Menlo News November 08, 2022

Middle School Drama Presents Million Dollar Baby

A tale of good versus evil, brother against sister, and the Great Chicago Fire will have audiences booing and cheering in this rowdy ensemble!

The villains are heckled and the hero is cheered in Craig Sodaro’s Million Dollar Baby, the Middle School’s first production of the 2022-2023 school year. Set during the Great Chicago Fire of 1817, this over-the-top tale of good versus evil takes the stage at the Spieker Center for the Arts on November 12-14. First produced in 1987—and written in collaboration with middle school students in Torrington, Wyoming—Sodaro’s play is a tale of greed and family rivalry that pits Nellie Cavendish against her brother Creepstone in a race to inherit their father’s fortune, all while the Chicago Fire Department battles the flames that threaten to destroy the city.

Nellie and Creepstone’s father wills them each $1,000 with the stipulation that the one who increases their inheritance the most in 30 days will inherit his entire fortune. With Nellie, the Chicago Fire Department, and the Clark Street Mission on one side, and the vicious Creepstone, with his gang of hoods and gamblers on the other, Million Dollar Baby is not just an epic battle of sibling rivalry, it’s a story about how compassion and collaboration can triumph over evil.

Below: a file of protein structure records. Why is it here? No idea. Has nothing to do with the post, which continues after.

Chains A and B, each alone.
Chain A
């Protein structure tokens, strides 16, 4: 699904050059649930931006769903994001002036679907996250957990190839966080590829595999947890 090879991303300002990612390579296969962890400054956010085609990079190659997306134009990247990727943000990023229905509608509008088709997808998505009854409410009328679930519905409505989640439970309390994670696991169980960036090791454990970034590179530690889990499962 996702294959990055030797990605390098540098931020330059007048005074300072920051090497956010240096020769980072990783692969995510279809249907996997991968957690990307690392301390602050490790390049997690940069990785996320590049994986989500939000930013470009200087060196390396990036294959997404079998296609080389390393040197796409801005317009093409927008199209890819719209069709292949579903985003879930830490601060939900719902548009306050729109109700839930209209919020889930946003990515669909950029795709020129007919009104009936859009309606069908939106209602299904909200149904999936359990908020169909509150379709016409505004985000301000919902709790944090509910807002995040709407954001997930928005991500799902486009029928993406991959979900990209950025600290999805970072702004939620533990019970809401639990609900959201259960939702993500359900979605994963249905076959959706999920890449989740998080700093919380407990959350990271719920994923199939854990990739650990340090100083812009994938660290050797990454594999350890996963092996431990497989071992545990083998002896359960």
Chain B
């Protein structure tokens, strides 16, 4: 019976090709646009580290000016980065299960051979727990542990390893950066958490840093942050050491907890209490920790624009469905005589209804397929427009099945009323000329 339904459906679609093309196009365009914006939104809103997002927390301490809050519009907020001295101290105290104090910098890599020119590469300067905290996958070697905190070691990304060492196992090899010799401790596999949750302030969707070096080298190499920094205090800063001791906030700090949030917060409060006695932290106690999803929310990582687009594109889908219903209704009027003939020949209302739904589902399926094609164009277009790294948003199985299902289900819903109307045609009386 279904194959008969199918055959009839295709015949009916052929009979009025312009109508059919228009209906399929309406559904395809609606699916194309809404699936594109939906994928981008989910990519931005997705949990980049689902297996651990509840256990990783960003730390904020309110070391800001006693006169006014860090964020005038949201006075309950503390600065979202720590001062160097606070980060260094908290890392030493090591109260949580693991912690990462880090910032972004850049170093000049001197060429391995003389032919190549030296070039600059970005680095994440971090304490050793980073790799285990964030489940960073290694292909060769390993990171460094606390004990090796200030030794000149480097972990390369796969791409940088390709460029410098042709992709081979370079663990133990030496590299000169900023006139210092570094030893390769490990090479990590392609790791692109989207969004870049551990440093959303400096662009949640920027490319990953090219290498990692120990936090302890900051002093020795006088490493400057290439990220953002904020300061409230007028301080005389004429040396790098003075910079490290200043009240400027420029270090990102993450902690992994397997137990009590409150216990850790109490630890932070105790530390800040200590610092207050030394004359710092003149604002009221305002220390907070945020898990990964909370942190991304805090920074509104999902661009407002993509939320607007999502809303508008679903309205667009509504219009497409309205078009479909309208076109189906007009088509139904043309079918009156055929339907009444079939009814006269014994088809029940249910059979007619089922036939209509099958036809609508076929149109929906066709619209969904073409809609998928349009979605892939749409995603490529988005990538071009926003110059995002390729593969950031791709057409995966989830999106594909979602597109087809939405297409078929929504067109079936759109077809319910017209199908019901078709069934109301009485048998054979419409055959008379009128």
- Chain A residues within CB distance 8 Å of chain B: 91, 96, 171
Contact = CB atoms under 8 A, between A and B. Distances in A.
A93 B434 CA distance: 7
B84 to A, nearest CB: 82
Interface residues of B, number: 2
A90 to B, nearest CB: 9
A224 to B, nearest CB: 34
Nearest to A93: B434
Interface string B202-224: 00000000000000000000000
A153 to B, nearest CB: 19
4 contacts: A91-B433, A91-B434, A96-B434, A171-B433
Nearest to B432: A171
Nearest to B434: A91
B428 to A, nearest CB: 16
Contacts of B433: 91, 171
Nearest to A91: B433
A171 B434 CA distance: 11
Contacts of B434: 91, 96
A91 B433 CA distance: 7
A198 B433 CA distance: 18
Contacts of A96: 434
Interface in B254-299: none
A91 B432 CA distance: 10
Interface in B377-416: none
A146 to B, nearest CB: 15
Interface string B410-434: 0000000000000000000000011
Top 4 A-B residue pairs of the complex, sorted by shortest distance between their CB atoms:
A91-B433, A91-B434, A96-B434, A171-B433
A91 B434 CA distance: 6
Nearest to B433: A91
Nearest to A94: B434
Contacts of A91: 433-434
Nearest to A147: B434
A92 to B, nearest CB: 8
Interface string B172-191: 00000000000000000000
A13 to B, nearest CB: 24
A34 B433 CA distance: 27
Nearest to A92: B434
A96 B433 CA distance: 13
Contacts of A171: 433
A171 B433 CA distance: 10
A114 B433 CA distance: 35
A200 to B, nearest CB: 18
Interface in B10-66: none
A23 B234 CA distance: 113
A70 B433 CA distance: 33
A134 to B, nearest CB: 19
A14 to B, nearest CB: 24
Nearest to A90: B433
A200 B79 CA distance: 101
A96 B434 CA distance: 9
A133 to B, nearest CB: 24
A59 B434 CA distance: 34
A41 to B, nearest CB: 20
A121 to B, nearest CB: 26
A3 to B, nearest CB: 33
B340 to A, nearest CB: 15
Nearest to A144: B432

“I chose this play because it’s fun, it’s completely over-the-top, and it’s overacted,” says Middle School Drama teacher Sarah Cloward. “Each character is acted best when it is pushed to the point of ridiculousness. The audience gets involved too. You are going to be asked to cheer when the hero comes on and boo when the villain cackles and tells you his evil plans. It’s a really fun experience for the students and everyone who comes to see it.”

“You’re going to be introduced to a ton of characters who help tell the story,” adds Cloward. “It’s not the story of one person. It’s the story of all these different people and their little stories kind of all woven together with the backdrop of this huge fire. I’m interested in doing ensemble shows that don’t necessarily have lead characters. Working within a group creates a sense of belonging and with the audience participation too, you’re building community right there in that moment on stage. When one person laughs, someone else across the room laughs, then everyone is laughing—that’s the best place to be!”

For tickets, please visit